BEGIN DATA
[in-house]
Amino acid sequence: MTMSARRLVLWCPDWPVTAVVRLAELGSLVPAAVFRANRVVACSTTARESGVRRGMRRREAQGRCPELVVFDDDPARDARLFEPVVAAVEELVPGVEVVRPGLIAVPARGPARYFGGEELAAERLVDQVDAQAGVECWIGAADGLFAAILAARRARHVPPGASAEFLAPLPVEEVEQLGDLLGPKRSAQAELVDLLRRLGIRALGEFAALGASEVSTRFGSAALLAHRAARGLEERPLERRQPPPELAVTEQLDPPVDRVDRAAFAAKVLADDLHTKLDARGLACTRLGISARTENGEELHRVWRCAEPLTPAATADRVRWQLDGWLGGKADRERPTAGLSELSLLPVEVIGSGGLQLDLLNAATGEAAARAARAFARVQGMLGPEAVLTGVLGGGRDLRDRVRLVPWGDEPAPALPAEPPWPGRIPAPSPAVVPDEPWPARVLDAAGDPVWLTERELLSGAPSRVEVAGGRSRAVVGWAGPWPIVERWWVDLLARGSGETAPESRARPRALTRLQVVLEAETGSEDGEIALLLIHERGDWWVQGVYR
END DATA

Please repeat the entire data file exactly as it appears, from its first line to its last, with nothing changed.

[in-house]
Amino acid sequence: MTMSARRLVLWCPDWPVTAVVRLAELGSLVPAAVFRANRVVACSTTARESGVRRGMRRREAQGRCPELVVFDDDPARDARLFEPVVAAVEELVPGVEVVRPGLIAVPARGPARYFGGEELAAERLVDQVDAQAGVECWIGAADGLFAAILAARRARHVPPGASAEFLAPLPVEEVEQLGDLLGPKRSAQAELVDLLRRLGIRALGEFAALGASEVSTRFGSAALLAHRAARGLEERPLERRQPPPELAVTEQLDPPVDRVDRAAFAAKVLADDLHTKLDARGLACTRLGISARTENGEELHRVWRCAEPLTPAATADRVRWQLDGWLGGKADRERPTAGLSELSLLPVEVIGSGGLQLDLLNAATGEAAARAARAFARVQGMLGPEAVLTGVLGGGRDLRDRVRLVPWGDEPAPALPAEPPWPGRIPAPSPAVVPDEPWPARVLDAAGDPVWLTERELLSGAPSRVEVAGGRSRAVVGWAGPWPIVERWWVDLLARGSGETAPESRARPRALTRLQVVLEAETGSEDGEIALLLIHERGDWWVQGVYR